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Author Topic: Best mosfet for switching DC from 5v Arduino pin.  (Read 13856 times)
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Where can I find a tutorial about using a mosfet gate driver?
Does it need any extra power supply?
Is it easy to use?

Yes pretty easy, signal input, signal output, power and ground. Your Arduino +5vdc would power one fine, most have two channels in a single 8 pin package, so you can use it for two digital output/mosfets per package. You would look for the "low side driver non-inverting" varity:

http://www.ti.com/lit/ml/slub005a/slub005a.pdf

Certainly other manufactures offer similar chips. I bought some cheap on E-bay several years ago, forget the device number and don't want to try and find them at this time.  smiley-wink

Again I would test without it and only look into them if the long cable run turns out to be a problem.
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The short answer is that both the IRLZ34N and the STP40NF10L are suitable for your application. You don't need a mosfet driver for your application, you can drive them directly from an Arduino pin through a series resistor in the range 100 to 220 ohms, with a 10K to 100k resistor connected from the pin to ground to ensure the mosfet is off when the Arduino powers up and the pin hasn't yet been set to be an output.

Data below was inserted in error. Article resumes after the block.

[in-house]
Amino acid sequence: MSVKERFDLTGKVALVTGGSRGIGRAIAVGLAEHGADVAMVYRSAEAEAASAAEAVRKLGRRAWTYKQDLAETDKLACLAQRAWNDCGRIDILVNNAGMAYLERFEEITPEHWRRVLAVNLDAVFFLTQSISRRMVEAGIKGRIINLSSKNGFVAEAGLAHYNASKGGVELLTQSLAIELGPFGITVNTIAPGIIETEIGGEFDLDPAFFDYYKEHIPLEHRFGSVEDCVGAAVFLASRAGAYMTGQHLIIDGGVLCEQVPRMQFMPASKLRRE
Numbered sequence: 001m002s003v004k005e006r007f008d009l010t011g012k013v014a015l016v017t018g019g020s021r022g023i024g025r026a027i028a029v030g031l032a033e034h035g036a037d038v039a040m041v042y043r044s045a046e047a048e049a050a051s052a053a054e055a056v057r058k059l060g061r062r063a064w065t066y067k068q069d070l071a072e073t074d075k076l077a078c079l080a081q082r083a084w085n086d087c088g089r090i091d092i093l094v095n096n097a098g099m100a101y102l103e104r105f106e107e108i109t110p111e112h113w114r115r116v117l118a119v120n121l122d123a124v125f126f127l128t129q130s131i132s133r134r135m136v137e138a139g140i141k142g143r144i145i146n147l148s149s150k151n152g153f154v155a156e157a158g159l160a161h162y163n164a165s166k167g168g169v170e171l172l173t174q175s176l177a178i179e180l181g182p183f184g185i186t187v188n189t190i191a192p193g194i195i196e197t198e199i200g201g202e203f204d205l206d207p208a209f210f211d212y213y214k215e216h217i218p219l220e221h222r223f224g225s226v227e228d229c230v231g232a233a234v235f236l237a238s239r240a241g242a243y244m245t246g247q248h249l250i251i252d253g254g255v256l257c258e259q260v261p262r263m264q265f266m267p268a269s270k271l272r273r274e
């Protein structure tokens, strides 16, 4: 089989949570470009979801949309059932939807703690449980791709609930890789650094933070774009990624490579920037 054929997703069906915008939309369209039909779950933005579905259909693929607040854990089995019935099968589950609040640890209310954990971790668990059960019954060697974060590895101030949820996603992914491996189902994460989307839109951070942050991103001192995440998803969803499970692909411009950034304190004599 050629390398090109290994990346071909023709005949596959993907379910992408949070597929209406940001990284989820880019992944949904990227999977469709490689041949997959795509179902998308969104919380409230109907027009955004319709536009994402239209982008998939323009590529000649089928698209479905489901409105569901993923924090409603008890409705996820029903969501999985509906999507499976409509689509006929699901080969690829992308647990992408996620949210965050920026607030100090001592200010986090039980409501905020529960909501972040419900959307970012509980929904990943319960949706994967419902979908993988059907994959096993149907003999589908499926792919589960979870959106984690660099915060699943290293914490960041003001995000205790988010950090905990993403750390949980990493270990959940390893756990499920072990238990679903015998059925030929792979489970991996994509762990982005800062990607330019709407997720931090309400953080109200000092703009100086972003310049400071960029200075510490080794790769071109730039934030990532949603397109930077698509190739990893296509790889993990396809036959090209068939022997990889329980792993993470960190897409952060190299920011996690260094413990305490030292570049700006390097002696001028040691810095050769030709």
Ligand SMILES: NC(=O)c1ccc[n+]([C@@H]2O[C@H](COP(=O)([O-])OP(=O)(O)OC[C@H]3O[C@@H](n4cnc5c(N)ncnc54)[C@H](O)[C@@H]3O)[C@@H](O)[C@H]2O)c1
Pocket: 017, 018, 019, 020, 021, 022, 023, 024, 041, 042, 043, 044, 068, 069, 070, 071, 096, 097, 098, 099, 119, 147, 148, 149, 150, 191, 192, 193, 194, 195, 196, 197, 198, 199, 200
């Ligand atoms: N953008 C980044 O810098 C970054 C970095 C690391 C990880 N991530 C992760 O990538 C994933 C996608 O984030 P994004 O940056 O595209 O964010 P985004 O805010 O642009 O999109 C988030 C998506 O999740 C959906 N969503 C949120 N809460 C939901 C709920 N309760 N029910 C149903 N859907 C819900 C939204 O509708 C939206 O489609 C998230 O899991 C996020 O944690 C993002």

Regarding the switching time, the important factor is the total gate charge at the source-drain voltage you are switching. This charge is made up of the gate-source charge, which is more or less constant, and the gate-drain charge, which increases with voltage because of the Miller effect. So when you see that the total gate charge is greater for the STP40NF10L than for the IRLZ34N, part of the reason for this is that the total gate charge for the STP40NF10L is quoted at Vds=80v but for the IRLZ34N it is quoted at 44v. However, even allowing for this, the IRLZ34N has lower total gate charge when switching 48v.

You can calculate an order-of-magnitude estimate for the switching time using the formula t = QR/V where Q is the total gate charge, R is the series resistor and V is the gate voltage you are using. You only need to use a MOSFET driver if you need the switching to be faster than this figure, bearing in mind that you don't want R to be less than about 100 ohms.
« Last Edit: August 28, 2011, 03:16:36 am by dc42 » Logged

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Ok, I will test it first.

But I want to know about the capacitance of the mosfets.
It seems, if you want an low resistance/high efficiency mosfets, the capacitance goes up.
A small capacitance, and the resistance is getting higher.
Also a higher voltage will make the capacitance allot higher.
I need to find a good balance between the two.
the STP40NF10L seems like a good balance, but does have more capacitance than IRLZ34NPBF.
But I want some more voltage, the IRLZ34NPBF goes to 55v, close to my 48v.
So to have more headroom my first shoice goes to the STP40NF10L.
But how translate those capacitance into mA?